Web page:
Increasing the efficiency of a hybrid solar cell simply by placing it near a source of ambient noise or vibration would be a boon for photovoltaics in urban areas, in the military, or on machinery or transportation. Hybrid organic/inorganic solar cells are already a tempting option over silicon because of their lower cost, but they suffer from their own drawbacks of efficiency. However, new research demonstrates that the piezoelectric qualities of the cells' inorganic layer can be used to boost the overall efficiency of hybrid systems, which is promising for wherever sound and sun are together.
Piezoelectric materials generate electricity when exposed to vibrations, sound, and even touch. While it’s known that the zinc oxide (ZnO) nanotubes studied in this research have piezoelectric properties, few studies have addressed it. Additionally, focus has been on the electricity generated by the piezoelectric effect itself, a negligible percentage of the overall output, rather than how this layer interacts in its hybrid sandwich.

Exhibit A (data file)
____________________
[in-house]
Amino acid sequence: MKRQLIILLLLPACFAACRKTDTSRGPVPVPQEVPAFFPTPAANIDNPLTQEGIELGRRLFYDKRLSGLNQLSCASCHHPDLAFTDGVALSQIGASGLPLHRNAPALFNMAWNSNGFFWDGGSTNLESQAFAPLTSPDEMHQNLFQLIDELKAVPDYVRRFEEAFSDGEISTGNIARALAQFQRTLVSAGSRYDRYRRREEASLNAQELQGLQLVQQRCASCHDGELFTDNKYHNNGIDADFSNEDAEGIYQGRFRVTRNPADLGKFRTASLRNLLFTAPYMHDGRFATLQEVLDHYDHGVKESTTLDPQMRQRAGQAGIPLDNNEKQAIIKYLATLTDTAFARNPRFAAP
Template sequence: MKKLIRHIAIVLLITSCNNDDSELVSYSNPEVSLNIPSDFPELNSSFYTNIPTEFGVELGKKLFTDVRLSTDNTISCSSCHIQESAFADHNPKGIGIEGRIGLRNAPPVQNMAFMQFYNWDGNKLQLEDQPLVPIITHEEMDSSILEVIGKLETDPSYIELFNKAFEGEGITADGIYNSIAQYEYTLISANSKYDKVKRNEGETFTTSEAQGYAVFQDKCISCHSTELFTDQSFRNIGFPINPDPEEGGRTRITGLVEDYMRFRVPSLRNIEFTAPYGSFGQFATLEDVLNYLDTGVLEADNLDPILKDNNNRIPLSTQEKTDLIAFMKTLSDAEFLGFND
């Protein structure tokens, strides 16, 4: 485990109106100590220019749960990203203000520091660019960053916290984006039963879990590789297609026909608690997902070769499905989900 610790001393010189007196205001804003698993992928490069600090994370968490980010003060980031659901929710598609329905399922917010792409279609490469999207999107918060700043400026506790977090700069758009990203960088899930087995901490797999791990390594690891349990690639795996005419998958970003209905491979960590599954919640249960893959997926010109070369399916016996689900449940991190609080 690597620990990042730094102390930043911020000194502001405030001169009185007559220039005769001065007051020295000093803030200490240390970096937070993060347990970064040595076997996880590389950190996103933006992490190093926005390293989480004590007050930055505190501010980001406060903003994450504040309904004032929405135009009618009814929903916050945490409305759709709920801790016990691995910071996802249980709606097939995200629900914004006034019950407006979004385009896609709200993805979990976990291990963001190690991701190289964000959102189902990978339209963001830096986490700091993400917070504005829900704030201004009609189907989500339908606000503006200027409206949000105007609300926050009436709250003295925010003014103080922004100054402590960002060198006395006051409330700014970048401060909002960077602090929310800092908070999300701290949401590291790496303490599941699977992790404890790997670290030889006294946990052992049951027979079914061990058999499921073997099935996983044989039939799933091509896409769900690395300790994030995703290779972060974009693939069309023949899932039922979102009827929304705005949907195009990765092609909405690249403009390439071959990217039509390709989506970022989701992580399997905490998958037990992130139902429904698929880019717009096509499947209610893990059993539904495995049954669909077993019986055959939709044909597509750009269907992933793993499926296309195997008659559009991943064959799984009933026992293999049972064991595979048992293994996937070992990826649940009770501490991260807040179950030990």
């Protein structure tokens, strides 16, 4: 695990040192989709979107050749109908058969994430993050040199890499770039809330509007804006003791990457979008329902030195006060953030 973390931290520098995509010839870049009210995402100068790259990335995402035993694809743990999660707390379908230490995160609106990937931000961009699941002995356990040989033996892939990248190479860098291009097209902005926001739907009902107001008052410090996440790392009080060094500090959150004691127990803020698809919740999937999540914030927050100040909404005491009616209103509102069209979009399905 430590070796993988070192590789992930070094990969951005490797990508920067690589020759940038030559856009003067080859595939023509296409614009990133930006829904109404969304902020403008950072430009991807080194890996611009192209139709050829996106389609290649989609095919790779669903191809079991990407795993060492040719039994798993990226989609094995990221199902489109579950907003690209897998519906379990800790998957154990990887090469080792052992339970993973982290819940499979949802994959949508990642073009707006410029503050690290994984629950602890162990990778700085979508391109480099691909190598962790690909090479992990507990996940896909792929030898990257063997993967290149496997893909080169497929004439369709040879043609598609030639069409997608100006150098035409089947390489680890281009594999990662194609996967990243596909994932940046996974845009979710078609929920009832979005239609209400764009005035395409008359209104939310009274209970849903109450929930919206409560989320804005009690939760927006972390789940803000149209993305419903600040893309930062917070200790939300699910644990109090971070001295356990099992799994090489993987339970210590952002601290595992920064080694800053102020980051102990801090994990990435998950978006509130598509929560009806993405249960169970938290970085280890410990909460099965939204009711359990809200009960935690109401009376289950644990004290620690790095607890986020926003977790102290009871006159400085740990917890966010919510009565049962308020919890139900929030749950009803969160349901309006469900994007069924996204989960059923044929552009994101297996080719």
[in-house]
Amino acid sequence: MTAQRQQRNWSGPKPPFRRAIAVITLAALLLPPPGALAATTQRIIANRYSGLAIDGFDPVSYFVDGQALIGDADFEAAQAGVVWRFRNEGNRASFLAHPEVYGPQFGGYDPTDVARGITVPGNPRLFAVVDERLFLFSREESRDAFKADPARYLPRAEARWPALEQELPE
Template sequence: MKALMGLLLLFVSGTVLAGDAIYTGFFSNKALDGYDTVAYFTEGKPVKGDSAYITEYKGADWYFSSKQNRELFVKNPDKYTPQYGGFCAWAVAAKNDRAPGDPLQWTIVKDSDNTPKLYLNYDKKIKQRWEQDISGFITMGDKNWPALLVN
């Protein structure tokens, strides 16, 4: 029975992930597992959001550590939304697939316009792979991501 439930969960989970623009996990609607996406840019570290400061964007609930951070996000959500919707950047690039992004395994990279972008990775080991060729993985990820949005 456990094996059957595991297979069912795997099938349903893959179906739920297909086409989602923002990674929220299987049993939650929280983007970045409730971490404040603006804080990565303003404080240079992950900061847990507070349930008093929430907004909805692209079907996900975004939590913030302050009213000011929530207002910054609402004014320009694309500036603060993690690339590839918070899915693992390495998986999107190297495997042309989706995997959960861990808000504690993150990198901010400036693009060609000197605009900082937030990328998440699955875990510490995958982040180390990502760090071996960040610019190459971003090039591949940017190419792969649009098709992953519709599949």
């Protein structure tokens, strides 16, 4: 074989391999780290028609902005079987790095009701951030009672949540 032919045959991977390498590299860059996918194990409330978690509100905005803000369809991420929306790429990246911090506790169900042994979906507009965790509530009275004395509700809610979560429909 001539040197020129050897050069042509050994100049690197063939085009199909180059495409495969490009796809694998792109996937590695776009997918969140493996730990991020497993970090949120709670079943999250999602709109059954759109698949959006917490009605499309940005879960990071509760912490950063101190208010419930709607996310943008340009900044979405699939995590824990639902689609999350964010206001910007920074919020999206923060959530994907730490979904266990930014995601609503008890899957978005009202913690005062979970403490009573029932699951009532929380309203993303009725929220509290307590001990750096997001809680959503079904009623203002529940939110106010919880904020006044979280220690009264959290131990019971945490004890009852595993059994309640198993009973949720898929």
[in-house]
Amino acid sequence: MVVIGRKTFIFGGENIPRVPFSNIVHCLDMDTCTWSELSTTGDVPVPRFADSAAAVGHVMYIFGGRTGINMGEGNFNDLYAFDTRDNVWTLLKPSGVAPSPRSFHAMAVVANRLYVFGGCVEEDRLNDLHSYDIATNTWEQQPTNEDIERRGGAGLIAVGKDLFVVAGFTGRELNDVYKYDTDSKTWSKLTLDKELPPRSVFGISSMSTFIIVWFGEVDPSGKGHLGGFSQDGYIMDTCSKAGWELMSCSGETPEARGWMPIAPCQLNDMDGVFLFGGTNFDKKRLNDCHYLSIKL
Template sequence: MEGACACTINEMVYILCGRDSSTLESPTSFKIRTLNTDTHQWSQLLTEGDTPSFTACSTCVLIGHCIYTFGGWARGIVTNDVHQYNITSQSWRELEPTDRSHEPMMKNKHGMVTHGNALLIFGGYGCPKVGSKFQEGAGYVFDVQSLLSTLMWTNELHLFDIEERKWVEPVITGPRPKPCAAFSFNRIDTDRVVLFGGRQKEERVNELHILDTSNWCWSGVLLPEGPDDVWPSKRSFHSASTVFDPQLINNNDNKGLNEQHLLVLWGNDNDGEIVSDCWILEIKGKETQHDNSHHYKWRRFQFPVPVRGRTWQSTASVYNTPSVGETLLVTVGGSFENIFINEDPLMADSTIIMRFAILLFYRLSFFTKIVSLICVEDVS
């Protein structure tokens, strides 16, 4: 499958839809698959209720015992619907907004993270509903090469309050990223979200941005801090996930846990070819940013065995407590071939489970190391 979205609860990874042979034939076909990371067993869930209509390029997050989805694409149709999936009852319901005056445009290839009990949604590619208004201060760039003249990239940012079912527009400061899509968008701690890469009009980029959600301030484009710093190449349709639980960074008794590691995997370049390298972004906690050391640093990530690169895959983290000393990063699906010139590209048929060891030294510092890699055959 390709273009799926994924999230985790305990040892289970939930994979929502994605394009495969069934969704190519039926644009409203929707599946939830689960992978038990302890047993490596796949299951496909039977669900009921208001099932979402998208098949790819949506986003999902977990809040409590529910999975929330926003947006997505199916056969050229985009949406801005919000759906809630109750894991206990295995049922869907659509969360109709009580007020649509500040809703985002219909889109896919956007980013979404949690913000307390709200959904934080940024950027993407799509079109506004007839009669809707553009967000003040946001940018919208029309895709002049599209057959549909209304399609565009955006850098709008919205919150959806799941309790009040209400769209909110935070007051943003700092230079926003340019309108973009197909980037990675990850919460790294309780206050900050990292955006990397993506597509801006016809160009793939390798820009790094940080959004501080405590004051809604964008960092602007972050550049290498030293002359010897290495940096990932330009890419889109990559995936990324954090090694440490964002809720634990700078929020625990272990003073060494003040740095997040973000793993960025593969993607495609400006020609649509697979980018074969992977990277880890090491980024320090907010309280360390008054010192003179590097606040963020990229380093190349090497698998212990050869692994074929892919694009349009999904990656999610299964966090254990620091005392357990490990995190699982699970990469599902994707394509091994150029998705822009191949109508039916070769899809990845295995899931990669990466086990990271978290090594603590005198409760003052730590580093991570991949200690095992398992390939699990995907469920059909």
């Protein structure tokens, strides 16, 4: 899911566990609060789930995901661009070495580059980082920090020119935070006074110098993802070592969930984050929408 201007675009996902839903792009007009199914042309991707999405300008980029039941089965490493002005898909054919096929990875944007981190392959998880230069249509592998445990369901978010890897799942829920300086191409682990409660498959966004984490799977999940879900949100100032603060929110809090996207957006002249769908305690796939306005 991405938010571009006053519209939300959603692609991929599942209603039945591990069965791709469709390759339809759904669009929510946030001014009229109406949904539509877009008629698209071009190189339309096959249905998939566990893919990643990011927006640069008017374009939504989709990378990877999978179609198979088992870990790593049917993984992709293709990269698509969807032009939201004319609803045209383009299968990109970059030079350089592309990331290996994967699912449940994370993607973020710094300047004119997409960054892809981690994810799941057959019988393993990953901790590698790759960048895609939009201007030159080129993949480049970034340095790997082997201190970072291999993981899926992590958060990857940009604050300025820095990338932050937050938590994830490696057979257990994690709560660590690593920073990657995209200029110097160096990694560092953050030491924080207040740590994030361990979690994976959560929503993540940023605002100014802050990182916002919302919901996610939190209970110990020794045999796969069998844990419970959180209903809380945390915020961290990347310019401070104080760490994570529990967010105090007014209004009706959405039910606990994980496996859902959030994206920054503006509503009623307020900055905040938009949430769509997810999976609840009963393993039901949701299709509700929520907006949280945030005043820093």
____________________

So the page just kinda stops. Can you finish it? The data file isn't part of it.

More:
However, scientists at Queen Mary University and Imperial College London found that sound levels as low as 75 decibels (quieter than city traffic) improved the efficiency of their photovoltaic device up to 50 percent. In particular, efficiency peaked at 10 kHz, the resonant frequency of the ZnO nanotubes and right about where a lot of high notes of pop music hit. Music was tested for fun, with pop having the most effect, and classical the least (increased efficiencies or not, however, currently researchers have found no excuse for dubstep).
By vibrating the system in the dark, they were able to eliminate the possibility that the increased voltage was merely due to the piezoelectric layer generating its own electricity. The small amount of electricity generated was not comparable to the increase attainable with both light and vibration.
They concluded that the electrical field set up by the vibrating ZnO nanotubes interacts with electrons migrating from the organic polymer layer. This process decreases the likelihood of recombination, in which electrons are energized but settle back into a hole instead of migrating to the electron-accepting ZnO layer.
The physical mechanisms of this are explored in more detail in the paper published in Advanced Materials.
In the video below, Dr. Steve Dunn discusses the process of conducting this research.
Source: Queen Mary University of London